Thirty-two years after a gunman motivated by a hatred of feminists opened fire on campus, killing 14 women and injuring others, the list of women killed by male violence in Quebec continues to grow.
As Quebecers plan moments of silence and solemn ceremonies to mark the tragedy that occurred on Dec. 6, 1989 at Montreal’s Polytechnique engineering school, advocates point out that the events of the last year show misogynistic violence is not a thing of the past.
Quebec has experienced a spate of femicides since the beginning of 2021, with an unofficial count putting the number at 18.
Nathalie Provost, who was shot four times during the Polytechnique attack, is painfully aware that each death is a tragedy. While Polytechnique is remembered as one of Canada’s worst mass shootings, for her it’s about more than numbers.
“For me, they weren’t strangers, they weren’t photos, they were people that I knew, eyes I saw, shining, voices I listened to,” she said in a phone interview Friday.
Provost said she’s concerned about the recent killings of women, especially because she draws some parallels between the difficult economic climate and job market in 1989 and the more recent uncertainty brought on by the COVID-19 pandemic.
“From my point of view, in times of crisis, the first to pay are women and children,” she said. “I’m absolutely convinced of that.”
Louise Riendeau, a spokeswoman for a Quebec group that helps domestic violence victims, said 2021 was a particularly deadly year for violence against women — and she believes the COVID-19 pandemic is partially to blame. In an interview, she said lockdowns meant to limit the spread of the virus also meant some women were trapped at home under the full control of their abusers.
“At the moment when women regained a bit of normal life, were able to see loved ones, return to work, we saw certain partners had the feeling of losing control over their partner and unfortunately passed to action, at the level of femicide,” said Riendeau, who works with the Regroupement des maisons pour femmes victimes de violence conjugale.
Riendeau says when she thinks about the women who died at Polytechnique, she’s saddened they were killed because they wanted to access the same jobs as men. “They wanted to be engineers and someone wanted to stop that,” she said. “When we look at violence now, it’s still a way to slow down the full blossoming of women.”
But despite the historical echoes, Riendeau points out that the greatest danger women face is usually not from an unknown gunman but from someone close to them. Of the 18 femicides in Quebec this year, she says, 17 were allegedly committed by a current or former intimate partner.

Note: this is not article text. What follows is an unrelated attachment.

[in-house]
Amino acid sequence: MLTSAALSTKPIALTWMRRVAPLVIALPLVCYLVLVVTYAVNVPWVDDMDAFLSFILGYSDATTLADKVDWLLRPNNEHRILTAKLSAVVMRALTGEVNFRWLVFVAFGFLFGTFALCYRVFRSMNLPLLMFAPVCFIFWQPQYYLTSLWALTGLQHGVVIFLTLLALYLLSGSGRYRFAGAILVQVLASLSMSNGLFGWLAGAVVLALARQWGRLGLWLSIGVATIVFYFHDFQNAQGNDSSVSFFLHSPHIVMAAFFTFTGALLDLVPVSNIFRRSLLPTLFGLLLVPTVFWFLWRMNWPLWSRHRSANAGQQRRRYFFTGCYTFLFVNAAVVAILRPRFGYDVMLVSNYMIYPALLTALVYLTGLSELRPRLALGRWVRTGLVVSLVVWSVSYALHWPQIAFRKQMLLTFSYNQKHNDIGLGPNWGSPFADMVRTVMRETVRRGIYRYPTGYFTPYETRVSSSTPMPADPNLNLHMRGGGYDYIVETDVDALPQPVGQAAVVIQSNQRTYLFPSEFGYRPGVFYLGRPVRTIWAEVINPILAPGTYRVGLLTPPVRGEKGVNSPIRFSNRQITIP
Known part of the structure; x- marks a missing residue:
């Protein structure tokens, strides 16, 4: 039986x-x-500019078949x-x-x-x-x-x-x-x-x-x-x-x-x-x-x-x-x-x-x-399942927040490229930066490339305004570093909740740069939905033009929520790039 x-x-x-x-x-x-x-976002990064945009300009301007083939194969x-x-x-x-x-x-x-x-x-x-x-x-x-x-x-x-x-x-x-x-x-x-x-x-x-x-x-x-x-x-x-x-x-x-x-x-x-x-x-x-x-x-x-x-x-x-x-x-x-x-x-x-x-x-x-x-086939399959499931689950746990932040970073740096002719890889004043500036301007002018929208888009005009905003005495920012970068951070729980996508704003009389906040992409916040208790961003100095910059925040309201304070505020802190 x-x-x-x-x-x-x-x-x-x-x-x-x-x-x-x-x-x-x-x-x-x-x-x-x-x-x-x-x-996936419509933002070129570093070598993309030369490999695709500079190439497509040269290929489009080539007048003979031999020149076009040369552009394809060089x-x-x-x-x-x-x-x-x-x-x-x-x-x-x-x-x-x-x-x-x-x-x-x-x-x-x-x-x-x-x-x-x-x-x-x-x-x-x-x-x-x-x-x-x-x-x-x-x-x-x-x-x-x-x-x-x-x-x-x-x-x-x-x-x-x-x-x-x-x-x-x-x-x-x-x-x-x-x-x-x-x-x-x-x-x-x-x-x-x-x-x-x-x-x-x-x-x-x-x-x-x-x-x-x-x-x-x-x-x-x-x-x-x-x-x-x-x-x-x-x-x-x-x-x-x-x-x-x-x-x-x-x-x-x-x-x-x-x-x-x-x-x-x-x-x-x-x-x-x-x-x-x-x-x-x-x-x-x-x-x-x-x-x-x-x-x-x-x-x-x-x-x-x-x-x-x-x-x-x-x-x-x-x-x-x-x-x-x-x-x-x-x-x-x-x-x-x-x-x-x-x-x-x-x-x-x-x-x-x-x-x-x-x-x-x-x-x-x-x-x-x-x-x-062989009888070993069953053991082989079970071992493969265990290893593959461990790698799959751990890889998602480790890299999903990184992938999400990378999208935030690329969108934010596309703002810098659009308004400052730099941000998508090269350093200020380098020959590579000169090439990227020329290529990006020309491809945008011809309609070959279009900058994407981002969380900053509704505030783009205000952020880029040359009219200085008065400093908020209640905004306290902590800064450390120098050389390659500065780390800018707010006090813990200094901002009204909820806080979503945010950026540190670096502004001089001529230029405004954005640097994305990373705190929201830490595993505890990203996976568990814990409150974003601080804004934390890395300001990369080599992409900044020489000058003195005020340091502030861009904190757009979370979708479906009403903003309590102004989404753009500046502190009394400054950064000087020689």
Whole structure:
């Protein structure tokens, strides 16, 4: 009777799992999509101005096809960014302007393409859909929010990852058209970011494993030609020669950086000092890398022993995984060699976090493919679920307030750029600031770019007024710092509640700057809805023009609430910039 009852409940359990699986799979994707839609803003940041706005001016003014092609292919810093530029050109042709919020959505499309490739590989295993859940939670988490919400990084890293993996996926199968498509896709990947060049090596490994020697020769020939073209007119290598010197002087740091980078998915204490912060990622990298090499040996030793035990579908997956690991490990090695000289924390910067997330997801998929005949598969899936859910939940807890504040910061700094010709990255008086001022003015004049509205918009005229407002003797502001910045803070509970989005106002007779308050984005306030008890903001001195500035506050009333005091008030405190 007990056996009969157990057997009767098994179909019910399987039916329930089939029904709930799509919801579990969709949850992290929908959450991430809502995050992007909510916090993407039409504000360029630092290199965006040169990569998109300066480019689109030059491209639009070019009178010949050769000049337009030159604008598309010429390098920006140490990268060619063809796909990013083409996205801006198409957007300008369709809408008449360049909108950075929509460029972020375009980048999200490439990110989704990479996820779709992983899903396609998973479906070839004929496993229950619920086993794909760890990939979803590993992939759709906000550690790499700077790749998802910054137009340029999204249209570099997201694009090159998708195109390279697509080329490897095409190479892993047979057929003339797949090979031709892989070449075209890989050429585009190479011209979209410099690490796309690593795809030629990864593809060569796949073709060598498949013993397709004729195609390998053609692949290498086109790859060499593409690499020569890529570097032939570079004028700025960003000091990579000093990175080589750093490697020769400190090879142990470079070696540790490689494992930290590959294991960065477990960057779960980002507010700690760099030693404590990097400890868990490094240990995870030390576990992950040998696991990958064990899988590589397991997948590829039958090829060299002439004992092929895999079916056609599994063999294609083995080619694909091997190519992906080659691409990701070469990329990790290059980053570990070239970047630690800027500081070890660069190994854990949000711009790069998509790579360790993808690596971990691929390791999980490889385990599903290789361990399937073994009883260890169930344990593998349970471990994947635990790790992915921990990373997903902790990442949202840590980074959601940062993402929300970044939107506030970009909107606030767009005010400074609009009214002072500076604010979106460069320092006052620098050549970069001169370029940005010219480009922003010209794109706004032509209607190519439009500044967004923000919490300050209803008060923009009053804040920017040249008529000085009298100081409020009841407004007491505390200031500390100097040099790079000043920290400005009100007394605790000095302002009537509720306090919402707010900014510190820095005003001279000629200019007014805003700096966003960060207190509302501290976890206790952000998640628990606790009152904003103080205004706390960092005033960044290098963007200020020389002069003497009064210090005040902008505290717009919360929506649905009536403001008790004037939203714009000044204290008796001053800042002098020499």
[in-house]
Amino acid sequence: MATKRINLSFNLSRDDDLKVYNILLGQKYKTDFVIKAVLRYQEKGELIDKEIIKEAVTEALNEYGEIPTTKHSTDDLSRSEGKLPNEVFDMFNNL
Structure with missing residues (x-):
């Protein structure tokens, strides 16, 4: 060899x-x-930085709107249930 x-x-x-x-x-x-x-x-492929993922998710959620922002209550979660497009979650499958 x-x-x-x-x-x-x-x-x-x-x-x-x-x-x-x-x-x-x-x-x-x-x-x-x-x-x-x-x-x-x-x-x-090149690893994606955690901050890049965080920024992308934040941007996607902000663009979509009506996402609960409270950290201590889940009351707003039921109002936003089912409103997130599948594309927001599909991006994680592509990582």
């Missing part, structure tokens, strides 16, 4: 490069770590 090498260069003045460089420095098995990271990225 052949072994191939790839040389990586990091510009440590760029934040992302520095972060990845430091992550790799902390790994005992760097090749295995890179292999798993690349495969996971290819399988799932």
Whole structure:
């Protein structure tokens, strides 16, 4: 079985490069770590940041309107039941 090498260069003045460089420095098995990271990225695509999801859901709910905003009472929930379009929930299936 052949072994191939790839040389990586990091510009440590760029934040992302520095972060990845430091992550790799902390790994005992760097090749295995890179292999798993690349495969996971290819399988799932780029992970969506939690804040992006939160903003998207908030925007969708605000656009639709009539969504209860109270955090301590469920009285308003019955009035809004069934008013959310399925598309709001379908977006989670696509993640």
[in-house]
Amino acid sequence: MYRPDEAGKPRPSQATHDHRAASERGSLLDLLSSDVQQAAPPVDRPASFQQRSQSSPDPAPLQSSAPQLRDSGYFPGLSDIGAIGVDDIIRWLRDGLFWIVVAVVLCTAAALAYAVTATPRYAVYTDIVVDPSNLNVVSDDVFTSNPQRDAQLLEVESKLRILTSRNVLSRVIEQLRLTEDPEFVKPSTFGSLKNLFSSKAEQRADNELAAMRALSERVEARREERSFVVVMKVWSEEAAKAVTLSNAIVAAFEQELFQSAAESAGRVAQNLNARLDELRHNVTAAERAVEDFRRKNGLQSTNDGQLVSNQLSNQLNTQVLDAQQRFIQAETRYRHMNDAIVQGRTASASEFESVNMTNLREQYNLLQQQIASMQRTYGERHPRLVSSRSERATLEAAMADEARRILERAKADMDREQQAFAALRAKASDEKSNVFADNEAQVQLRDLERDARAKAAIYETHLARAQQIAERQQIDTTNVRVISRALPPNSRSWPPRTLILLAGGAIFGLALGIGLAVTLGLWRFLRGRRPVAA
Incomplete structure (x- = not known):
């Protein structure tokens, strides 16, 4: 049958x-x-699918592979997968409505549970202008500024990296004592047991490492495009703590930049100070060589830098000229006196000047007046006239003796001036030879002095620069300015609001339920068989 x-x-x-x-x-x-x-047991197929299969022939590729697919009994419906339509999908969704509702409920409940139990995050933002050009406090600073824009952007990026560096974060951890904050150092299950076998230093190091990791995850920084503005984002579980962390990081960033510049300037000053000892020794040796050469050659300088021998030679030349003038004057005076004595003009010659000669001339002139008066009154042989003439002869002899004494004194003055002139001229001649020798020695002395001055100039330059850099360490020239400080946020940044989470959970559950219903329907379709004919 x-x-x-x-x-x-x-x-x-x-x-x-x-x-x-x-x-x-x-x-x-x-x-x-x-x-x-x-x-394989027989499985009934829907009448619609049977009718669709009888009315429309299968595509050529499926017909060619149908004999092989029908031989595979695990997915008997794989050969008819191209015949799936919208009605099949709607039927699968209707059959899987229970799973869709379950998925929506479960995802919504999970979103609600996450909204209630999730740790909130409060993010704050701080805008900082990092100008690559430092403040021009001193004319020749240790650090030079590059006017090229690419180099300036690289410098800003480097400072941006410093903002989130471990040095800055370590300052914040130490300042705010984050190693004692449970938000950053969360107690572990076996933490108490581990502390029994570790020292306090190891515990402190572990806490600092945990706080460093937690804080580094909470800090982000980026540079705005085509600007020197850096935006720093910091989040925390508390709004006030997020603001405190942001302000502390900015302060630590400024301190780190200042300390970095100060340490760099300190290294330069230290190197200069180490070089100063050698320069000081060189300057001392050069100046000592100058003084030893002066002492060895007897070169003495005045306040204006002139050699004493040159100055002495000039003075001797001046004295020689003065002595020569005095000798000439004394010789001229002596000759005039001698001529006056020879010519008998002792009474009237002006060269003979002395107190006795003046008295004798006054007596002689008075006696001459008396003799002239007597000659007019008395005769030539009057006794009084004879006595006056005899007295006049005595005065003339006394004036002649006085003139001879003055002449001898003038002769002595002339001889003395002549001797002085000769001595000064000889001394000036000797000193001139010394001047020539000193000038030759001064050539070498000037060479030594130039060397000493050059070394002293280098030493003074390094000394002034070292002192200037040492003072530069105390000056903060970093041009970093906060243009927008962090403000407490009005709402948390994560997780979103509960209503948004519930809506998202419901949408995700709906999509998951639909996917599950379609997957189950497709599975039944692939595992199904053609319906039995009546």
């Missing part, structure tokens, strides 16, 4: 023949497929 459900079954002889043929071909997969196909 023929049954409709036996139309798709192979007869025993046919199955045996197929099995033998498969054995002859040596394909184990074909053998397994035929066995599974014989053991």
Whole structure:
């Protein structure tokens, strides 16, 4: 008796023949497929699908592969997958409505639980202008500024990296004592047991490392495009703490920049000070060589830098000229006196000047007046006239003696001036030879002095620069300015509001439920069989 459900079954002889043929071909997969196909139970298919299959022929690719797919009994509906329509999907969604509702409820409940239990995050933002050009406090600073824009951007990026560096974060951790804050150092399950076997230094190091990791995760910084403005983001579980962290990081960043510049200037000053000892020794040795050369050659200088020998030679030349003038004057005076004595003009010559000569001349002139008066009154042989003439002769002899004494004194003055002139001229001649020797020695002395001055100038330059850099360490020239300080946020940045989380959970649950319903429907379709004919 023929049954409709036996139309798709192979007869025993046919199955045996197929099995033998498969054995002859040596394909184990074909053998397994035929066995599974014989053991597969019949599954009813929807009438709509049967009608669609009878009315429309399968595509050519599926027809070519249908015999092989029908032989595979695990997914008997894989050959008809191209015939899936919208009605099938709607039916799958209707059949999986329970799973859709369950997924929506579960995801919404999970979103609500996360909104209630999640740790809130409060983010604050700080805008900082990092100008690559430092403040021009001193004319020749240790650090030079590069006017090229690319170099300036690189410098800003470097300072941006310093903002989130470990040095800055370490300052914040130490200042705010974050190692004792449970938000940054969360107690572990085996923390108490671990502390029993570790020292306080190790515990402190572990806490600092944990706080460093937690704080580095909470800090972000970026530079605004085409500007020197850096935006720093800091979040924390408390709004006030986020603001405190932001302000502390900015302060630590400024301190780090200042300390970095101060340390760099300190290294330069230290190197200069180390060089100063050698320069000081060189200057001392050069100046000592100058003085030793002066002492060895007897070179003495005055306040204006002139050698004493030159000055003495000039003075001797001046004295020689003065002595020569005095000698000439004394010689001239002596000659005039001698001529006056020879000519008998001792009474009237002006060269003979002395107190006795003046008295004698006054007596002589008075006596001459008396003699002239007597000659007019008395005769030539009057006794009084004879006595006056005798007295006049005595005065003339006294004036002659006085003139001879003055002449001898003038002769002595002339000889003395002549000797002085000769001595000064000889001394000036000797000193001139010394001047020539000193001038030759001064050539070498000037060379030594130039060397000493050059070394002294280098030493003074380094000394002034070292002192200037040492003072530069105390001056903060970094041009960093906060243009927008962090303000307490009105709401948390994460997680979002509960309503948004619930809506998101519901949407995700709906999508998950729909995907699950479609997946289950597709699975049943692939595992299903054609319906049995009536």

“It’s not in the street that women are most in danger, but it’s unfortunately in their homes where they should be safe,” she said.
Riendeau said the clearest warning signs include a past history of domestic violence and a partner with controlling tendencies. Often, domestic violence killings happen during or after a breakup that a partner refuses to accept, she said.
Quebec announced in April it was investing an additional $223 million in the fight against domestic violence in response to the high number of femicides. In recent days, the government has taken other action, including passing a bill to create a specialized tribunal for cases of sexual violence and announcing a project to introduce ankle monitors for some domestic violence offenders.
Riendeau believes some things have improved in Quebec when it comes to domestic violence, particularly how victims are treated by police and prosecutors. There’s also more awareness, especially among the younger generation, she said.
But she thinks the only thing that will truly end the violence is more education and a society in which men and women are fully equal, and she doesn’t believe we’re there yet.
Polytechnique is commemorating the 1989 tragedy with a week of events that culminate Monday evening, when fourteen beams of light representing the shooting victims will be projected into the sky from Mount Royal. Due to the pandemic, organizers are asking crowds not to gather.
But although the crowd will be smaller, Provost says that this year she’ll be feeling less alone — and more hopeful — than she’s been in a while. She said the growing public concern over femicides and shootings in Montreal has led her to hope that, after so many years, people are readier than ever to have serious conversations about the causes of violence.
A longtime advocate for gun control, she said she’s also encouraged by the promises the federal Liberals made during the last election campaign, including a mandatory buyback of banned assault-style weapons.
As Dec. 6 approaches, she wants the memory of her slain colleagues to prompt more people to fight for change, whether that means gender equality, LGBTQ rights or gun control.
“I hope we’ll be able to fight for a better world, and each of us will be able to be part of those discussions,” she said. “They deserve that.”
Morgan Lowrie, The Canadian Press